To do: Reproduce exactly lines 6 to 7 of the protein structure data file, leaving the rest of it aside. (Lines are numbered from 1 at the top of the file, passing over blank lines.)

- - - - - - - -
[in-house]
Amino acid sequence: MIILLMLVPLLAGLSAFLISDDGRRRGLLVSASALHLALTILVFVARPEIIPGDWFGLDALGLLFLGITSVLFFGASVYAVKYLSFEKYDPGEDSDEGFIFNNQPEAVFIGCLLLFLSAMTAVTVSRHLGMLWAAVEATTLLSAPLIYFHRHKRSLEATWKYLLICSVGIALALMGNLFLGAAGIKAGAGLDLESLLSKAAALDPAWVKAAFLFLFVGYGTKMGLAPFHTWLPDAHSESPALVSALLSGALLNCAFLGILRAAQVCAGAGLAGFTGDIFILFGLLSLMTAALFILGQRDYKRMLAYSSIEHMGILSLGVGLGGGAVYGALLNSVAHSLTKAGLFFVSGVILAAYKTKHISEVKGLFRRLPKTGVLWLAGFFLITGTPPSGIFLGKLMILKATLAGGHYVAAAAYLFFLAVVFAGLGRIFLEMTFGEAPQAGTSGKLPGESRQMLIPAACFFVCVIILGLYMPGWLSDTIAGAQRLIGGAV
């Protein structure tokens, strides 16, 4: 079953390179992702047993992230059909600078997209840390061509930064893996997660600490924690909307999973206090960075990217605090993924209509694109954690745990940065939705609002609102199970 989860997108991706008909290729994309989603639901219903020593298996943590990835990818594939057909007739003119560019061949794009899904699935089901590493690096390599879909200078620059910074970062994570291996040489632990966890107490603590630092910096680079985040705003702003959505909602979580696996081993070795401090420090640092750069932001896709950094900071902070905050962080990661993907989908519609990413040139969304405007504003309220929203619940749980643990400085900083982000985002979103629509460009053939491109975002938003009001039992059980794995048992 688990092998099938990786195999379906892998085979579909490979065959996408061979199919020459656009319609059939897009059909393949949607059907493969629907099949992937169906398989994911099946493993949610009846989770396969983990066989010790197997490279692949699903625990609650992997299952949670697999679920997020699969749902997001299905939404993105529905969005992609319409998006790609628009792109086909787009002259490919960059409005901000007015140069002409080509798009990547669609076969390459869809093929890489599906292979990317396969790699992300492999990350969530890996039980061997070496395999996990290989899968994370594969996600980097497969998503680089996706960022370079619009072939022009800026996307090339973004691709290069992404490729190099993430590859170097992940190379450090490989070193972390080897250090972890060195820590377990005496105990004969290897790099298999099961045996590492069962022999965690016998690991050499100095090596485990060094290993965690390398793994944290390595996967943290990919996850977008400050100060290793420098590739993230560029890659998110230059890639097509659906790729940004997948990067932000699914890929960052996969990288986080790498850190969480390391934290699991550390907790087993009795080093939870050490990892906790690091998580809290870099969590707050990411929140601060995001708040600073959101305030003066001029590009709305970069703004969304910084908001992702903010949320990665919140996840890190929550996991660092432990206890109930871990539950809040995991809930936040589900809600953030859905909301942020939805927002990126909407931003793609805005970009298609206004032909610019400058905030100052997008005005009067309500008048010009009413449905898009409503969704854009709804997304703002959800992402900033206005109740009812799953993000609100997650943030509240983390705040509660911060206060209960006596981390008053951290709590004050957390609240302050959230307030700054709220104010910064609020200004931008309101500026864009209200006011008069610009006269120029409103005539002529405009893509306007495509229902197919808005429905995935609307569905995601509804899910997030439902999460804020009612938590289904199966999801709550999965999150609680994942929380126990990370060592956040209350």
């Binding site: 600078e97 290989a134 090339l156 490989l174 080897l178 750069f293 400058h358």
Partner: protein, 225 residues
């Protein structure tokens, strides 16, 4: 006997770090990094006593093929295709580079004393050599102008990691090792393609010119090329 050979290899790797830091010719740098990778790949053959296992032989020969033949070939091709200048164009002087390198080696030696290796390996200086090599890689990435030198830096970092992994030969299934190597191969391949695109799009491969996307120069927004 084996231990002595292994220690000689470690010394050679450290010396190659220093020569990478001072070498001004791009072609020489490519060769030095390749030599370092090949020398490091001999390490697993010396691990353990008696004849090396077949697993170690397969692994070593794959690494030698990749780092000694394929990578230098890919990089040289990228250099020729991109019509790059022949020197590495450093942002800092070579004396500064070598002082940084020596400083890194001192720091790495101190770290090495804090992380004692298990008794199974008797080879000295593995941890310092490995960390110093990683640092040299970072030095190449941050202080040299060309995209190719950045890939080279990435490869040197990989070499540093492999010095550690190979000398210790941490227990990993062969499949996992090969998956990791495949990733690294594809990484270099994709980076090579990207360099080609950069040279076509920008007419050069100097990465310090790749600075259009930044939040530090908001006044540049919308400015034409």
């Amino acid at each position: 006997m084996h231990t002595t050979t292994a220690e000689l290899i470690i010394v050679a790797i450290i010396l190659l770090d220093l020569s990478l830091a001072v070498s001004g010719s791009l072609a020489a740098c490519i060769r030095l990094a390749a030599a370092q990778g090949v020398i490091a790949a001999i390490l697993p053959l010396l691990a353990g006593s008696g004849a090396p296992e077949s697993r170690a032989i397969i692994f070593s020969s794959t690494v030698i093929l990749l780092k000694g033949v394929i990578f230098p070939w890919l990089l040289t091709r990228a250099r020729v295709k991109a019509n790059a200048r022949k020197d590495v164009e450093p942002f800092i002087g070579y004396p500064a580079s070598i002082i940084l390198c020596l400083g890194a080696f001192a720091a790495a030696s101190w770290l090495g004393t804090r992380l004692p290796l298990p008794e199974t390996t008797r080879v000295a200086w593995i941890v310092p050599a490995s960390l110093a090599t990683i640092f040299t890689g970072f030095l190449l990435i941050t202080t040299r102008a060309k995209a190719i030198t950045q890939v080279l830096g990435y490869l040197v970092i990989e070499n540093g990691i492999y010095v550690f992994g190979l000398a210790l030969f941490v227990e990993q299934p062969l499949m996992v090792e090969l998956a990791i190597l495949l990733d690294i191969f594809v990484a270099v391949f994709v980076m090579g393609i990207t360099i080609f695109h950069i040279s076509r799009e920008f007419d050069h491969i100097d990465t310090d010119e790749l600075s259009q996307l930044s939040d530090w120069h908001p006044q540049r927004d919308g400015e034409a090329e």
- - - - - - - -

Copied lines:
């Protein structure tokens, strides 16, 4: 006997770090990094006593093929295709580079004393050599102008990691090792393609010119090329 050979290899790797830091010719740098990778790949053959296992032989020969033949070939091709200048164009002087390198080696030696290796390996200086090599890689990435030198830096970092992994030969299934190597191969391949695109799009491969996307120069927004 084996231990002595292994220690000689470690010394050679450290010396190659220093020569990478001072070498001004791009072609020489490519060769030095390749030599370092090949020398490091001999390490697993010396691990353990008696004849090396077949697993170690397969692994070593794959690494030698990749780092000694394929990578230098890919990089040289990228250099020729991109019509790059022949020197590495450093942002800092070579004396500064070598002082940084020596400083890194001192720091790495101190770290090495804090992380004692298990008794199974008797080879000295593995941890310092490995960390110093990683640092040299970072030095190449941050202080040299060309995209190719950045890939080279990435490869040197990989070499540093492999010095550690190979000398210790941490227990990993062969499949996992090969998956990791495949990733690294594809990484270099994709980076090579990207360099080609950069040279076509920008007419050069100097990465310090790749600075259009930044939040530090908001006044540049919308400015034409």
């Amino acid at each position: 006997m084996h231990t002595t050979t292994a220690e000689l290899i470690i010394v050679a790797i450290i010396l190659l770090d220093l020569s990478l830091a001072v070498s001004g010719s791009l072609a020489a740098c490519i060769r030095l990094a390749a030599a370092q990778g090949v020398i490091a790949a001999i390490l697993p053959l010396l691990a353990g006593s008696g004849a090396p296992e077949s697993r170690a032989i397969i692994f070593s020969s794959t690494v030698i093929l990749l780092k000694g033949v394929i990578f230098p070939w890919l990089l040289t091709r990228a250099r020729v295709k991109a019509n790059a200048r022949k020197d590495v164009e450093p942002f800092i002087g070579y004396p500064a580079s070598i002082i940084l390198c020596l400083g890194a080696f001192a720091a790495a030696s101190w770290l090495g004393t804090r992380l004692p290796l298990p008794e199974t390996t008797r080879v000295a200086w593995i941890v310092p050599a490995s960390l110093a090599t990683i640092f040299t890689g970072f030095l190449l990435i941050t202080t040299r102008a060309k995209a190719i030198t950045q890939v080279l830096g990435y490869l040197v970092i990989e070499n540093g990691i492999y010095v550690f992994g190979l000398a210790l030969f941490v227990e990993q299934p062969l499949m996992v090792e090969l998956a990791i190597l495949l990733d690294i191969f594809v990484a270099v391949f994709v980076m090579g393609i990207t360099i080609f695109h950069i040279s076509r799009e920008f007419d050069h491969i100097d990465t310090d010119e790749l600075s259009q996307l930044s939040d530090w120069h908001p006044q540049r927004d919308g400015e034409a090329e």